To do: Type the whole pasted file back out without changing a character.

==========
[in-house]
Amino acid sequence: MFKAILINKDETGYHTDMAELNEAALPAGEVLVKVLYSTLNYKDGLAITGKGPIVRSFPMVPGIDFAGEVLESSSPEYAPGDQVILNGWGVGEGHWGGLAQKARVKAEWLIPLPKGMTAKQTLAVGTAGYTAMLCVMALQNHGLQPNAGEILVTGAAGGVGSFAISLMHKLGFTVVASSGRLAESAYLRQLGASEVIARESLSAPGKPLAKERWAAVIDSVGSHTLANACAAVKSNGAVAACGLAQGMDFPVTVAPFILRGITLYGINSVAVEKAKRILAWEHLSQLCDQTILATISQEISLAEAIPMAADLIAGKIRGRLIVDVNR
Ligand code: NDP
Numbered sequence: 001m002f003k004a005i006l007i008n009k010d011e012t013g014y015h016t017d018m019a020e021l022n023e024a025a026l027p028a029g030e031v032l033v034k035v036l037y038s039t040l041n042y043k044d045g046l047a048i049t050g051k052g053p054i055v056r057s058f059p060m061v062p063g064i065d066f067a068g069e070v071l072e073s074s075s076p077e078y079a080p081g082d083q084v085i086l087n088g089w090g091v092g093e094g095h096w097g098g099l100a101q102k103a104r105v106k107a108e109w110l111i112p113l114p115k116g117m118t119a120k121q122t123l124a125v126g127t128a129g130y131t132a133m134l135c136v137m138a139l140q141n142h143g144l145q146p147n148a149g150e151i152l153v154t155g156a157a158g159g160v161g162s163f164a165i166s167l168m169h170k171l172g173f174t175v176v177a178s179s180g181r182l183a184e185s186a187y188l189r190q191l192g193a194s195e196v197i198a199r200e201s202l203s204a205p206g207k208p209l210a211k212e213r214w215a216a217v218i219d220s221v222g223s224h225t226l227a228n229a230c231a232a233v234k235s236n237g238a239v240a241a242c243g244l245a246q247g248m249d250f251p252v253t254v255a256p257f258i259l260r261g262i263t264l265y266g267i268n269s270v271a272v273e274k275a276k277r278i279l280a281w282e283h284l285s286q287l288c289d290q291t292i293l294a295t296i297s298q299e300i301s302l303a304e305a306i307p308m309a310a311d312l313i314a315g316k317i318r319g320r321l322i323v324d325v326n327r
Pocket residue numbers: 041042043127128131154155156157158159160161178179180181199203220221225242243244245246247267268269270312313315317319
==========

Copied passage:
[in-house]
Amino acid sequence: MFKAILINKDETGYHTDMAELNEAALPAGEVLVKVLYSTLNYKDGLAITGKGPIVRSFPMVPGIDFAGEVLESSSPEYAPGDQVILNGWGVGEGHWGGLAQKARVKAEWLIPLPKGMTAKQTLAVGTAGYTAMLCVMALQNHGLQPNAGEILVTGAAGGVGSFAISLMHKLGFTVVASSGRLAESAYLRQLGASEVIARESLSAPGKPLAKERWAAVIDSVGSHTLANACAAVKSNGAVAACGLAQGMDFPVTVAPFILRGITLYGINSVAVEKAKRILAWEHLSQLCDQTILATISQEISLAEAIPMAADLIAGKIRGRLIVDVNR
Ligand code: NDP
Numbered sequence: 001m002f003k004a005i006l007i008n009k010d011e012t013g014y015h016t017d018m019a020e021l022n023e024a025a026l027p028a029g030e031v032l033v034k035v036l037y038s039t040l041n042y043k044d045g046l047a048i049t050g051k052g053p054i055v056r057s058f059p060m061v062p063g064i065d066f067a068g069e070v071l072e073s074s075s076p077e078y079a080p081g082d083q084v085i086l087n088g089w090g091v092g093e094g095h096w097g098g099l100a101q102k103a104r105v106k107a108e109w110l111i112p113l114p115k116g117m118t119a120k121q122t123l124a125v126g127t128a129g130y131t132a133m134l135c136v137m138a139l140q141n142h143g144l145q146p147n148a149g150e151i152l153v154t155g156a157a158g159g160v161g162s163f164a165i166s167l168m169h170k171l172g173f174t175v176v177a178s179s180g181r182l183a184e185s186a187y188l189r190q191l192g193a194s195e196v197i198a199r200e201s202l203s204a205p206g207k208p209l210a211k212e213r214w215a216a217v218i219d220s221v222g223s224h225t226l227a228n229a230c231a232a233v234k235s236n237g238a239v240a241a242c243g244l245a246q247g248m249d250f251p252v253t254v255a256p257f258i259l260r261g262i263t264l265y266g267i268n269s270v271a272v273e274k275a276k277r278i279l280a281w282e283h284l285s286q287l288c289d290q291t292i293l294a295t296i297s298q299e300i301s302l303a304e305a306i307p308m309a310a311d312l313i314a315g316k317i318r319g320r321l322i323v324d325v326n327r
Pocket residue numbers: 041042043127128131154155156157158159160161178179180181199203220221225242243244245246247267268269270312313315317319